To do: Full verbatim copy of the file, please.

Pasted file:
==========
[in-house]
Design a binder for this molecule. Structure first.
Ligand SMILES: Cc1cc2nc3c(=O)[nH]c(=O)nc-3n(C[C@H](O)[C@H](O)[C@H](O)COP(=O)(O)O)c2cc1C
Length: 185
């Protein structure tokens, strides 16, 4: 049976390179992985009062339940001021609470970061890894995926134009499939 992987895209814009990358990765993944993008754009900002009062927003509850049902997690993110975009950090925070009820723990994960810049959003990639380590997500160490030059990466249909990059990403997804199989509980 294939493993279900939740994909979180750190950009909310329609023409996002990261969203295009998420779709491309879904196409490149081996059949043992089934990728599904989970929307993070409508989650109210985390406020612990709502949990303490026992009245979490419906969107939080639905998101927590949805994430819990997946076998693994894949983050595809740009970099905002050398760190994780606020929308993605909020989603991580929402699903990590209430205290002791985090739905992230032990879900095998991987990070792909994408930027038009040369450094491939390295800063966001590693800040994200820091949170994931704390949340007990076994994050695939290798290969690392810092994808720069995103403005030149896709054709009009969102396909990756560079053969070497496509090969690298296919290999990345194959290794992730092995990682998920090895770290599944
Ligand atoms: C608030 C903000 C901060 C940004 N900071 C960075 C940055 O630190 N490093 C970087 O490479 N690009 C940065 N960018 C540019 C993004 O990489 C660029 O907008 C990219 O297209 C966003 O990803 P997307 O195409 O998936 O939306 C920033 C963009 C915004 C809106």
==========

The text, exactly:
[in-house]
Design a binder for this molecule. Structure first.
Ligand SMILES: Cc1cc2nc3c(=O)[nH]c(=O)nc-3n(C[C@H](O)[C@H](O)[C@H](O)COP(=O)(O)O)c2cc1C
Length: 185
């Protein structure tokens, strides 16, 4: 049976390179992985009062339940001021609470970061890894995926134009499939 992987895209814009990358990765993944993008754009900002009062927003509850049902997690993110975009950090925070009820723990994960810049959003990639380590997500160490030059990466249909990059990403997804199989509980 294939493993279900939740994909979180750190950009909310329609023409996002990261969203295009998420779709491309879904196409490149081996059949043992089934990728599904989970929307993070409508989650109210985390406020612990709502949990303490026992009245979490419906969107939080639905998101927590949805994430819990997946076998693994894949983050595809740009970099905002050398760190994780606020929308993605909020989603991580929402699903990590209430205290002791985090739905992230032990879900095998991987990070792909994408930027038009040369450094491939390295800063966001590693800040994200820091949170994931704390949340007990076994994050695939290798290969690392810092994808720069995103403005030149896709054709009009969102396909990756560079053969070497496509090969690298296919290999990345194959290794992730092995990682998920090895770290599944
Ligand atoms: C608030 C903000 C901060 C940004 N900071 C960075 C940055 O630190 N490093 C970087 O490479 N690009 C940065 N960018 C540019 C993004 O990489 C660029 O907008 C990219 O297209 C966003 O990803 P997307 O195409 O998936 O939306 C920033 C963009 C915004 C809106």